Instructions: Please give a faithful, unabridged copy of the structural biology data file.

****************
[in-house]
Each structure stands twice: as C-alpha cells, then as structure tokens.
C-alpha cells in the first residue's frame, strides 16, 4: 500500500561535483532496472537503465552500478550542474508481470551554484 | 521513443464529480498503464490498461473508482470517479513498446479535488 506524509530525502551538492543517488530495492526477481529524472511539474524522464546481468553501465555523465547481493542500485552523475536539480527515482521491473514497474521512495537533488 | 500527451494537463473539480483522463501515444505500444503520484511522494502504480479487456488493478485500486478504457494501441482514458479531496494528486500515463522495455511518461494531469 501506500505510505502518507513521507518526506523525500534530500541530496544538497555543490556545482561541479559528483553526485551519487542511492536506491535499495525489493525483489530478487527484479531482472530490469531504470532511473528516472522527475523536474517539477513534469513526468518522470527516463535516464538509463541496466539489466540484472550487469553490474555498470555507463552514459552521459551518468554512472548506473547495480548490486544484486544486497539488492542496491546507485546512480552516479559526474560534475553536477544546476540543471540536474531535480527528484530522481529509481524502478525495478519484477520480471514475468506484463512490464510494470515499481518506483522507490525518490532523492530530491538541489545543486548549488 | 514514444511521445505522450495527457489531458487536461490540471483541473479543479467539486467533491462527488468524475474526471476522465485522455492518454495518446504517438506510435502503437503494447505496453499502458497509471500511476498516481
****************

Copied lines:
[in-house]
Each structure stands twice: as C-alpha cells, then as structure tokens.
C-alpha cells in the first residue's frame, strides 16, 4: 500500500561535483532496472537503465552500478550542474508481470551554484 | 521513443464529480498503464490498461473508482470517479513498446479535488 506524509530525502551538492543517488530495492526477481529524472511539474524522464546481468553501465555523465547481493542500485552523475536539480527515482521491473514497474521512495537533488 | 500527451494537463473539480483522463501515444505500444503520484511522494502504480479487456488493478485500486478504457494501441482514458479531496494528486500515463522495455511518461494531469 501506500505510505502518507513521507518526506523525500534530500541530496544538497555543490556545482561541479559528483553526485551519487542511492536506491535499495525489493525483489530478487527484479531482472530490469531504470532511473528516472522527475523536474517539477513534469513526468518522470527516463535516464538509463541496466539489466540484472550487469553490474555498470555507463552514459552521459551518468554512472548506473547495480548490486544484486544486497539488492542496491546507485546512480552516479559526474560534475553536477544546476540543471540536474531535480527528484530522481529509481524502478525495478519484477520480471514475468506484463512490464510494470515499481518506483522507490525518490532523492530530491538541489545543486548549488 | 514514444511521445505522450495527457489531458487536461490540471483541473479543479467539486467533491462527488468524475474526471476522465485522455492518454495518446504517438506510435502503437503494447505496453499502458497509471500511476498516481